*Colorless Tsukuru Tazaki and His Years of Pilgrimage - Haruki Murakami. How lucky is the world to have Haruki Murakami? The man is a genius, and he doesn't mind sharing his genius with us, year after year. The plot sounds simple -- the rejection of a man by his friends as a teenager impacts his entire life -- but in Murakami's inimitable way, he creates a world from that the reader can't help but become immersed in. This book is less surreal than some of his other recent novels, but it still relies on the reader's willingness to take leaps of faith with the author, knowing it will be worth it in the end.

Edge Of Eternity - Ken Follett. This 1,000-page tome was an obligation read, having read (and really enjoyed) the previous two books in Follett's "Century Trilogy." This one, however, I could have done without. Rather than providing an overarching view of the second half of the 20th century (and really, how can you?), Follett picked and chose his pet issues of the day, and gave readers what ultimately felt like a patriarchal, poorly written story.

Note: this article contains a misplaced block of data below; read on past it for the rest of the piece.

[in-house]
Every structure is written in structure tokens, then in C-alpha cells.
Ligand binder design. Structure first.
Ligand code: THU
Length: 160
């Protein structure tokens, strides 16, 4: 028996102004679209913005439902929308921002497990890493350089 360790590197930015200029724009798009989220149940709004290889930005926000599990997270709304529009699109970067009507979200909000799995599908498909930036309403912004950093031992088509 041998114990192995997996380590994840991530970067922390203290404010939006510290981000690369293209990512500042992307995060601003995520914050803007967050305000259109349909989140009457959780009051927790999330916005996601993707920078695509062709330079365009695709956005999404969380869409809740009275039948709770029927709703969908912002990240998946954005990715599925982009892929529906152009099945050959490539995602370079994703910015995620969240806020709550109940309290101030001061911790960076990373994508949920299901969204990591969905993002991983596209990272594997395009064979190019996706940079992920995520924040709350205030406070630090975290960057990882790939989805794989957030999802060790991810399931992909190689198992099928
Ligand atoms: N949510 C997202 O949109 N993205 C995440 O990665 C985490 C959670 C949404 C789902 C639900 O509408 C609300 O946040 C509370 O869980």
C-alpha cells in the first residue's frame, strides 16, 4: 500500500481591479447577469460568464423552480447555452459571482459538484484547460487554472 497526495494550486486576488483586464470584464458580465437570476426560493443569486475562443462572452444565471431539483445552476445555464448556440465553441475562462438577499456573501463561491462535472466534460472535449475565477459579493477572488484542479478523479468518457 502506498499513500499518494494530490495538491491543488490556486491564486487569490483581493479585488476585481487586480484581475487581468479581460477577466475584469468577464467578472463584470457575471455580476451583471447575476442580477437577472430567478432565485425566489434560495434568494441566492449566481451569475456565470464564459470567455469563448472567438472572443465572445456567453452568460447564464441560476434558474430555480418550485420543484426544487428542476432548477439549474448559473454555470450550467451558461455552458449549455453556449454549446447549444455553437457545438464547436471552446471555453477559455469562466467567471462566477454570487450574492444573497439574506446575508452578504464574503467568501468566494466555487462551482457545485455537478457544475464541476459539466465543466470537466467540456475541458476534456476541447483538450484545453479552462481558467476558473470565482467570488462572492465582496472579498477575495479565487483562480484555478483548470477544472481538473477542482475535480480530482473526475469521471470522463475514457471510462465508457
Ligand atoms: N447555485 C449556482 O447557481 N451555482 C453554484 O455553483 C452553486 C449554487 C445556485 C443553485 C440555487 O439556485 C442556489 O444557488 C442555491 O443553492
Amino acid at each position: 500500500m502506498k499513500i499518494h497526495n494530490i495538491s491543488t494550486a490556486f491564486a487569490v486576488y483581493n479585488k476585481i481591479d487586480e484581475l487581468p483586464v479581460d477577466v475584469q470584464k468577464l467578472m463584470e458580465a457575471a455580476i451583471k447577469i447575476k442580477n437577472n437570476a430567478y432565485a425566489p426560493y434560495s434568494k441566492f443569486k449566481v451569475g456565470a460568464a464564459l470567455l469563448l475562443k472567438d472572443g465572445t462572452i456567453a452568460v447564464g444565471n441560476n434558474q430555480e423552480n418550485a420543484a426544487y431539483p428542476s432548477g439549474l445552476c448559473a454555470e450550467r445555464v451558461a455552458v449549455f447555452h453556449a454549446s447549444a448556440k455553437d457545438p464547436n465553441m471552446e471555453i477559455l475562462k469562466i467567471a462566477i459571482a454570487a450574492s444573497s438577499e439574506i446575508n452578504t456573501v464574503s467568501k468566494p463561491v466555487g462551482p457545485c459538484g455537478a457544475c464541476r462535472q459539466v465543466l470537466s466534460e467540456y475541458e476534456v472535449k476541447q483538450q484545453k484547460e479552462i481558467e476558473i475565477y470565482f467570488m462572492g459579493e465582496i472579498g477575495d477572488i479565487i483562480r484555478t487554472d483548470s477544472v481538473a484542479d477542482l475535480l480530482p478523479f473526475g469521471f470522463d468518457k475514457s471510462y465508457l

The Web That Has No Weaver: Understanding Chinese Medicine - Ted J. Kaptchuk. This one is kind of random, but I've recently started going to an acupuncturist and was interested in learning more about the practice, including what it treats and how it treats it. While of course all of the answers of Chinese traditional medicine won't be found in one book, this work did a good job of giving me a basic idea of the philosophy and knowledge that informs acupuncture.

*The Bone Clocks - David Mitchell. This book is more like 12 books, making you think it's about one thing, then turning around and changing up the narrative entirely, in the best way possible. It's been compared to Cloud Atlas, and that's not inaccurate, but it's actually somewhat more approachable than that earlier Mitchell work. Going from the early 1980s to the not-too-far-away future, be prepared for fantastical elements, irresistible characters and one thread that links it all throughout.

The Martian - Andy Weir. After I started reading this book, I had to go and check to see if it was a young adult novel (it isn't). That tells you about the quality of the writing, but the plot can't help but be interesting and engaging: one man is mistakenly left behind on Mars when his crew has to do an emergency evacuation, and he has to figure out how to survive until (or if) anyone from Earth returns for him.